Researching the Use of VLE by Tutors in (X) University
Researching the Use of VLE by Tutors in (X) University
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One would expect that tutors in Universities would have adopted the use of Virtue Learning Environments (VLE) by now. However, a good percentage of them are yet to adopt it. Various studies have suggested that there are different reasons why university tutors have failed to adopt the new technology. This research seeks to unearth the different reasons cited by different tutors and based on this; the researcher will suggest ways through which more tutors can adopt VLE. By adopting VLE, tutors will be able to submit modules directly to the designated module areas, thereby eliminating the physical process of delivering the same to students. In addition, the tutor can give online quizzes and tests to the students, while online interaction between the tutor and students is facilitated by the discussion board. Tutors can set up VLE groups, which can work on different assignments separate from other groups in the class. The tutor can also assist the students in setting up sign up sheets and glossaries, or video, audio or images collections on the media library. Overall, it is apparent that the tutor’s need to develop skills in technology use in order to develop enough skills to supports students in VLE.
Mixed methods of research will be used in the research. Observation, questionnaire and interviews are the three main methods that the researcher intends to use in collecting data from the sample community in (X) university.
Sample: The research will include all tutors not actively using VLE in (X) university.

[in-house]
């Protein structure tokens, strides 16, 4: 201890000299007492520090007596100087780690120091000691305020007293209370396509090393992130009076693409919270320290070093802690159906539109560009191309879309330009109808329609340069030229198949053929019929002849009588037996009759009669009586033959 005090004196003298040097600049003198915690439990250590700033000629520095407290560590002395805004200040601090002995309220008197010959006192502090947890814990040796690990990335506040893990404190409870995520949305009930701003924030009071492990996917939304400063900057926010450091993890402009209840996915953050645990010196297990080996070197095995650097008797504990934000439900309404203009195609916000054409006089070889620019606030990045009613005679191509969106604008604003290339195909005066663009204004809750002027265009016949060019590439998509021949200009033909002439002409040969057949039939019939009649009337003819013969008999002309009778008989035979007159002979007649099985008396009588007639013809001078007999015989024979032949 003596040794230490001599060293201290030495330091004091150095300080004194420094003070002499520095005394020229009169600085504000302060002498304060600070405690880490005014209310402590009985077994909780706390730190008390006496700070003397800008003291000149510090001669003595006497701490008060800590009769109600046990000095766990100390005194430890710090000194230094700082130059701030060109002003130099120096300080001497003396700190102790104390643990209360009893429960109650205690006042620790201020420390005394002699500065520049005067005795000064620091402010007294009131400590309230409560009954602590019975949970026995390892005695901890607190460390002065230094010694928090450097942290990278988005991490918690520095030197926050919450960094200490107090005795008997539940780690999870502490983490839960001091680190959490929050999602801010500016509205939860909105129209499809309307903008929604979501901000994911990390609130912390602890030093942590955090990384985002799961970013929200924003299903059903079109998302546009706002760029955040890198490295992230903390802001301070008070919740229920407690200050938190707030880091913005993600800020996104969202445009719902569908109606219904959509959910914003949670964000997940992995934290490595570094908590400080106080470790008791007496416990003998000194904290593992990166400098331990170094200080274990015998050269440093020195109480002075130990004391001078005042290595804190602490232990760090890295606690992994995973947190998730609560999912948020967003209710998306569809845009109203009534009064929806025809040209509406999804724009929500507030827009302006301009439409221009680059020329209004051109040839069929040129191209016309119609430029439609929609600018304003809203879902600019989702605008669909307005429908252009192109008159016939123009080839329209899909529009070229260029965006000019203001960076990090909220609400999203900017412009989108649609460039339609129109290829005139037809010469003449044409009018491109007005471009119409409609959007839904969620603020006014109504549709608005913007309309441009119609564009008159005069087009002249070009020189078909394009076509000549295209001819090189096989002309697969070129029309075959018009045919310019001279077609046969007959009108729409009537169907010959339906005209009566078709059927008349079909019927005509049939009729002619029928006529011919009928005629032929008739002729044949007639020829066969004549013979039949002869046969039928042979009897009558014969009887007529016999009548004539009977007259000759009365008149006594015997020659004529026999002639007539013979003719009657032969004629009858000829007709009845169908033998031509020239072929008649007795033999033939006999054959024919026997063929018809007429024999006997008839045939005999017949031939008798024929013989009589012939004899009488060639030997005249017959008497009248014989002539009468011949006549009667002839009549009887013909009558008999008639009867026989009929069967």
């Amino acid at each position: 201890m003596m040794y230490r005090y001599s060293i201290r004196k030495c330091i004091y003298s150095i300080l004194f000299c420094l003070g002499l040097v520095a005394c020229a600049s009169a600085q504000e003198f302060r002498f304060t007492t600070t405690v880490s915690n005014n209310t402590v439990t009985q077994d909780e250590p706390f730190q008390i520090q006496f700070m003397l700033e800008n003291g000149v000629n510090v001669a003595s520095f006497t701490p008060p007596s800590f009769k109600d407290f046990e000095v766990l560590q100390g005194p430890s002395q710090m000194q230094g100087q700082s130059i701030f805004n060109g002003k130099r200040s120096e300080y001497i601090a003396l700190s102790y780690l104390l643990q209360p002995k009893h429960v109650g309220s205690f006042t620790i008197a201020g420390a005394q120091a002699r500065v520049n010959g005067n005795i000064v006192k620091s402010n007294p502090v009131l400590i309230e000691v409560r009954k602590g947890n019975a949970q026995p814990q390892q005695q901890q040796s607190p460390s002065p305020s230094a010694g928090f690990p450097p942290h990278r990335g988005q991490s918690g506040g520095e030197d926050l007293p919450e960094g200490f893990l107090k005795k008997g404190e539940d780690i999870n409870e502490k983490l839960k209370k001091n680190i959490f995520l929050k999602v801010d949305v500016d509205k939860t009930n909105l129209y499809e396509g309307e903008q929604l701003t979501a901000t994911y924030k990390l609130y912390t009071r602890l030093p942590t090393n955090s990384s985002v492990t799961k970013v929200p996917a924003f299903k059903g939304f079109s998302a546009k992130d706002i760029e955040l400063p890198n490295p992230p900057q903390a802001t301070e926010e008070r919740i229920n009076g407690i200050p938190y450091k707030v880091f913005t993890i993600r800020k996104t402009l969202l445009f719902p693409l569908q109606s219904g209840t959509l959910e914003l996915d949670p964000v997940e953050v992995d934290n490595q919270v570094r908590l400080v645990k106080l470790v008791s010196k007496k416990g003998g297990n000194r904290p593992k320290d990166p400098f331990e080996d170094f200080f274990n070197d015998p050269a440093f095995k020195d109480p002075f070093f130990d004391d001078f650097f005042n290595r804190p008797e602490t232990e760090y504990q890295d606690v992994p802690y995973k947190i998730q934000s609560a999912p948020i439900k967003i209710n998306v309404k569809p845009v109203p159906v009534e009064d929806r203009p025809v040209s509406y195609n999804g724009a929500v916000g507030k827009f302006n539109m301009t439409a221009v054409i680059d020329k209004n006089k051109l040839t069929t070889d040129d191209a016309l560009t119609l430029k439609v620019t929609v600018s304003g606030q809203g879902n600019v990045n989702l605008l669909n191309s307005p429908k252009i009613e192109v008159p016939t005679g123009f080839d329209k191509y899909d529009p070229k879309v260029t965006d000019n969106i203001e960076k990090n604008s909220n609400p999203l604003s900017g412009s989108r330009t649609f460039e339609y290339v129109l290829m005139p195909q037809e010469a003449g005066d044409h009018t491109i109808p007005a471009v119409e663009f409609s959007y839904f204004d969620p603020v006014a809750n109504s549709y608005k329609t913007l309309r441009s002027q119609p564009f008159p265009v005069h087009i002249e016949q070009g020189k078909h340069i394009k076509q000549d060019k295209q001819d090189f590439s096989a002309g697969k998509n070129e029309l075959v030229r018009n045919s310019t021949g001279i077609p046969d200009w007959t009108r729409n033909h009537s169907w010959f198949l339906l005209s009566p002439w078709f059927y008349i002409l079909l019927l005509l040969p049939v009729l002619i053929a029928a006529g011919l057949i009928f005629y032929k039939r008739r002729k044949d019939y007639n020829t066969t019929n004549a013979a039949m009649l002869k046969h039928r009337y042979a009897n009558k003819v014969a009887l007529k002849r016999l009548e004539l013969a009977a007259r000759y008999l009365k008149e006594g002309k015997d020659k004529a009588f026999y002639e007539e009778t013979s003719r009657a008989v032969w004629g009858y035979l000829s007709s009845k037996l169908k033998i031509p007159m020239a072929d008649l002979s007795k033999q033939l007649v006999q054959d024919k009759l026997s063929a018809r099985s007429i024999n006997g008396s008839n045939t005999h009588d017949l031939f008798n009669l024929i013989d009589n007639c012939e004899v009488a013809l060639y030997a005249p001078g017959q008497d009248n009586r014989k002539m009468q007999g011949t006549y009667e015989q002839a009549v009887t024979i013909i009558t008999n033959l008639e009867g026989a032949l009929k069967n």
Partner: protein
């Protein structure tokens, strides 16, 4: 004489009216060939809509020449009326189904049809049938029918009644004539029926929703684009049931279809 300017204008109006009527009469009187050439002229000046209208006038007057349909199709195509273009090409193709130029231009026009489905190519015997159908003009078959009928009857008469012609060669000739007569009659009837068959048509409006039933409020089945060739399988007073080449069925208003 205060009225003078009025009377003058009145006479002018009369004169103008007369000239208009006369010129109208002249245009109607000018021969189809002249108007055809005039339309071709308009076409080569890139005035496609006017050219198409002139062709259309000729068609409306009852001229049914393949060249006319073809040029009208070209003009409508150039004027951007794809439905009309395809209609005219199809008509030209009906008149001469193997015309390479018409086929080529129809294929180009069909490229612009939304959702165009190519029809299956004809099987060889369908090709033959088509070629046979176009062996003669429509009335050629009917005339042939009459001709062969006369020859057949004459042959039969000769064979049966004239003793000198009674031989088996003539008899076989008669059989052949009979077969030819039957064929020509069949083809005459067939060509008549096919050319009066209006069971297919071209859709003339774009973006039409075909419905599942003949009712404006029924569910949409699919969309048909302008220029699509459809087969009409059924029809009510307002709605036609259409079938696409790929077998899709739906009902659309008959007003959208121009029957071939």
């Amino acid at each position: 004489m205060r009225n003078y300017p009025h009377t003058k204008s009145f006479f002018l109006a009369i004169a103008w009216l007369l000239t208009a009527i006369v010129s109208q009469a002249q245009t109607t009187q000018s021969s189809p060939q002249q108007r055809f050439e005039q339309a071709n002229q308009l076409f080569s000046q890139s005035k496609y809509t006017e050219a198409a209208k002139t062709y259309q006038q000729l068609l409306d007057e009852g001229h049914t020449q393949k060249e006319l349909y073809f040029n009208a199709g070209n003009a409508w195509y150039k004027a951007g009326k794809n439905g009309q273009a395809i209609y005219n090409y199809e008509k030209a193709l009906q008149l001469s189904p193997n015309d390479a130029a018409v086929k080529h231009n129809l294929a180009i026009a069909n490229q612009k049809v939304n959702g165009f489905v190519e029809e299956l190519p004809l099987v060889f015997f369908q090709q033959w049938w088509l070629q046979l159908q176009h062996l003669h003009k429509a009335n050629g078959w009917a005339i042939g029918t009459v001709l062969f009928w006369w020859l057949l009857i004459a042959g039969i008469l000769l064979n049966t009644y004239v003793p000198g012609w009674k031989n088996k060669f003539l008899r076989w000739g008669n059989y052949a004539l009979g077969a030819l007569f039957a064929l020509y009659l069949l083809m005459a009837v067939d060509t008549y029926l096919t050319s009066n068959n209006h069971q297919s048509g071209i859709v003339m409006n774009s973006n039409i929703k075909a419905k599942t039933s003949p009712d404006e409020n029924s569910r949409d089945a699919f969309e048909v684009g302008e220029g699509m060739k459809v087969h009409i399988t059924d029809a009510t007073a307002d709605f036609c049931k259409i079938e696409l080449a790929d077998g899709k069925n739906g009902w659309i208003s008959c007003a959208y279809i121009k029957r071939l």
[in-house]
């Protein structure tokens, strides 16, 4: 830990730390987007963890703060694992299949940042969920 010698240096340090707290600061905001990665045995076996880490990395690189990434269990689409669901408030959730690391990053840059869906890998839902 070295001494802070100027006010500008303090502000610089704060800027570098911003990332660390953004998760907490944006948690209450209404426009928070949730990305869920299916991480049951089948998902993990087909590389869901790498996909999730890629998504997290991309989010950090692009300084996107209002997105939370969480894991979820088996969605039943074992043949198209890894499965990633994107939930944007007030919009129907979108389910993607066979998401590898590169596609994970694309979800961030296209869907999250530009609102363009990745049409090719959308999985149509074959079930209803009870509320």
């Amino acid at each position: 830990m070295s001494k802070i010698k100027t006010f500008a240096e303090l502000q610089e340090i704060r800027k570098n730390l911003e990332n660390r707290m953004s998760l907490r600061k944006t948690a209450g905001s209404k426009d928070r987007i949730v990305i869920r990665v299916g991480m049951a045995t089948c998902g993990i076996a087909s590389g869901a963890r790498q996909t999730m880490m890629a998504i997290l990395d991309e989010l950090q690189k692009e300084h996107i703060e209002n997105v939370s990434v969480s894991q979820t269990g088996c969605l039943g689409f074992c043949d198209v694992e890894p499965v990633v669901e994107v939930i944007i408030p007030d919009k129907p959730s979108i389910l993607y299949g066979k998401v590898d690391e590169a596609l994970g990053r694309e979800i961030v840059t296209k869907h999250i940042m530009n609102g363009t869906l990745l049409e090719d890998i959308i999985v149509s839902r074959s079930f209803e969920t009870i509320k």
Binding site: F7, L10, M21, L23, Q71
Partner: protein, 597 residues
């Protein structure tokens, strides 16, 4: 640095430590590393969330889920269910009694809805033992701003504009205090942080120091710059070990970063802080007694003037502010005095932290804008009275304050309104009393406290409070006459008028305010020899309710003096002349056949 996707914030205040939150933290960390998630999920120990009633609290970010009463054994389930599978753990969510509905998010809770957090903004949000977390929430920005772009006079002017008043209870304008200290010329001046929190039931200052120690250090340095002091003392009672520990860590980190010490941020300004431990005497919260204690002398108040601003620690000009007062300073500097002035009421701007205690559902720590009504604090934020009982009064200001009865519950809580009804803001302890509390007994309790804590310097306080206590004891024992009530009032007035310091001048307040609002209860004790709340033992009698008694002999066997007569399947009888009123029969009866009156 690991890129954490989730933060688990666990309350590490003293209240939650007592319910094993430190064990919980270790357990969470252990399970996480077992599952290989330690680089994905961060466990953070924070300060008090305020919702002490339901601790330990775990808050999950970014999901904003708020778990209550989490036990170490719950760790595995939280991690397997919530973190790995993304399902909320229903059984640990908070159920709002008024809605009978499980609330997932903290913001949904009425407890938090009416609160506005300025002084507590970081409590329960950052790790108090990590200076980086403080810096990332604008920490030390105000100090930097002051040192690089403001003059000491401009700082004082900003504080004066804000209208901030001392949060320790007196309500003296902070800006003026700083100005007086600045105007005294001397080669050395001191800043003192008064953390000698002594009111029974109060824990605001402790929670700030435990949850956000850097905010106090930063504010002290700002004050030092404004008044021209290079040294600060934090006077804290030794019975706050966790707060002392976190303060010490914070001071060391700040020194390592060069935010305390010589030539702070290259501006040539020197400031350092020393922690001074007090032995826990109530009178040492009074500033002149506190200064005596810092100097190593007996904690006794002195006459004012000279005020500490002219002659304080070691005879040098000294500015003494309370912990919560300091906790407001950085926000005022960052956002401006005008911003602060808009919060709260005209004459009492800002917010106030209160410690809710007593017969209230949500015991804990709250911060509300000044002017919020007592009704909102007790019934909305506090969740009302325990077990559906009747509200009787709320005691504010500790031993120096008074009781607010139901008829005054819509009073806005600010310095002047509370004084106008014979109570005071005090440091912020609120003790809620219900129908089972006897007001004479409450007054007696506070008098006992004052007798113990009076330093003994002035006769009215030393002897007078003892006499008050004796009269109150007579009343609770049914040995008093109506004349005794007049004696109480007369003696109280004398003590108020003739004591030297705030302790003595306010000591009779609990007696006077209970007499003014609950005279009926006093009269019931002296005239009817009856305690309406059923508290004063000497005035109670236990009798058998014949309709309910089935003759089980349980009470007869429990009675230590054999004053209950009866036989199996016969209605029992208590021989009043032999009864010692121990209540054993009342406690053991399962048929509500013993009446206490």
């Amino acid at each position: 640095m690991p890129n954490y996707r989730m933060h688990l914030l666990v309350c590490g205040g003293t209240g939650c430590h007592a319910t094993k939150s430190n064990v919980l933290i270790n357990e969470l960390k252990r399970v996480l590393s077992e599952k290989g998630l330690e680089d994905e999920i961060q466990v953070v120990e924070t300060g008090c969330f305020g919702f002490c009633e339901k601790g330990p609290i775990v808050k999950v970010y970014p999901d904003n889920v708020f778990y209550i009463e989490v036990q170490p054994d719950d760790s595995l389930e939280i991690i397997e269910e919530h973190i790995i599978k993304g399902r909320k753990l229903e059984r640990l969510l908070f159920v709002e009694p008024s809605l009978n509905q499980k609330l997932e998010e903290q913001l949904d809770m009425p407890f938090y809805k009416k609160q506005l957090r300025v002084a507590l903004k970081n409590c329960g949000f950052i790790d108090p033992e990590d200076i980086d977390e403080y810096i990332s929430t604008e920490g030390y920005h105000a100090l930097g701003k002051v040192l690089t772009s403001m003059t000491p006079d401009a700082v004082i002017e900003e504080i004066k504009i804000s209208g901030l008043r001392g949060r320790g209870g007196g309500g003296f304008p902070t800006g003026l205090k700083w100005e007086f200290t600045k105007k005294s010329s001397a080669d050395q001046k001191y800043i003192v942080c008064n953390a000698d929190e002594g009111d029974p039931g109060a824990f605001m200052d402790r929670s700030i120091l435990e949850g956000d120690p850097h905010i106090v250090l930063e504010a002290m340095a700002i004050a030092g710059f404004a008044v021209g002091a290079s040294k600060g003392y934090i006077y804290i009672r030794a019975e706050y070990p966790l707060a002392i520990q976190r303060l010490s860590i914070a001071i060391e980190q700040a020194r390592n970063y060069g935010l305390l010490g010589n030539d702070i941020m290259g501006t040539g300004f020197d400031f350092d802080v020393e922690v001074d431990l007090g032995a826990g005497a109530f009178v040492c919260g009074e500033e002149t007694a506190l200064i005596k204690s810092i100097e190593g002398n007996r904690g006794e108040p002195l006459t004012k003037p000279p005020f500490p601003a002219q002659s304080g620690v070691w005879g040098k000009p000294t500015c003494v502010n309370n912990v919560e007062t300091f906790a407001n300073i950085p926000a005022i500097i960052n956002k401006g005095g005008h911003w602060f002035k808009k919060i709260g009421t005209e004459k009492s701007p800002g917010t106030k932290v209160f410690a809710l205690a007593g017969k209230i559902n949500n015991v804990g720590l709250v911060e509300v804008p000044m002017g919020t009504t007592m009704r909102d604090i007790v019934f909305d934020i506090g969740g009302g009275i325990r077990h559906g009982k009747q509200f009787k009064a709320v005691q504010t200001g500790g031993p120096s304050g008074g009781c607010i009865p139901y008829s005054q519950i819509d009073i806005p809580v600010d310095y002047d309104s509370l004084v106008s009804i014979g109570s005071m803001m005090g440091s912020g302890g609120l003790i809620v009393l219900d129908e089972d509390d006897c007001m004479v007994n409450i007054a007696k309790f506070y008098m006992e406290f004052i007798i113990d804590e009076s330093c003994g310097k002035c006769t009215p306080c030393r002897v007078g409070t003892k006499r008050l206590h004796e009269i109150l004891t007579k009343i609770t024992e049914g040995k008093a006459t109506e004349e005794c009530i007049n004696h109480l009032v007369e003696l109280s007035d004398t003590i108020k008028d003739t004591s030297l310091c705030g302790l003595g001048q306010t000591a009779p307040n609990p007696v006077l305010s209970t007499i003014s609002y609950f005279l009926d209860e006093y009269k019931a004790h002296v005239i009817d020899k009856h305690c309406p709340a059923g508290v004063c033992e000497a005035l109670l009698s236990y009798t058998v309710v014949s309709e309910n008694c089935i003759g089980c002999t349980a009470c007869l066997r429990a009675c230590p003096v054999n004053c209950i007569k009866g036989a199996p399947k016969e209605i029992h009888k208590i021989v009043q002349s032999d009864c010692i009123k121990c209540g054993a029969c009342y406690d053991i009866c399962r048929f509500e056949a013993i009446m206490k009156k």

Limitations: The researcher reckons that some opposition by tutors may arise especially because some may feel too old to adopt new technological methods of teaching, some may think that their courses are best taught using the traditional modes, while others may have firmly-held attitudes that hinder their adoption of information and communication technologies.
Methodical approach: The research will seek to determine the effectiveness of VLE in the (X) university. The research will also review ICT skills, their usage and the tutor’s attitudes. Finally, the research will seek to review the impact of age, subject and a tutor’s experience affects the development of ICT teaching skills among the tutors.
The problem of the Study
Despite the effectiveness of VLE over traditional methods of teaching, and the wide use of the same in most universities, a significant number of tutors still offer their course materials through the same traditional methods. While the traditional may still be effective, they are more time consuming and less convenient than VLE. This research is also carried out on the recognition that sooner, the use of VLE will be inevitable in most Universities. Heather et al (2003), notes that institutional push is the least likely factor that would motivate tutors to adopt VLE usage. As such, the research hopes to encourage tutors to take up ICT usage voluntarily, not only for their benefit, but also for the convenience of students.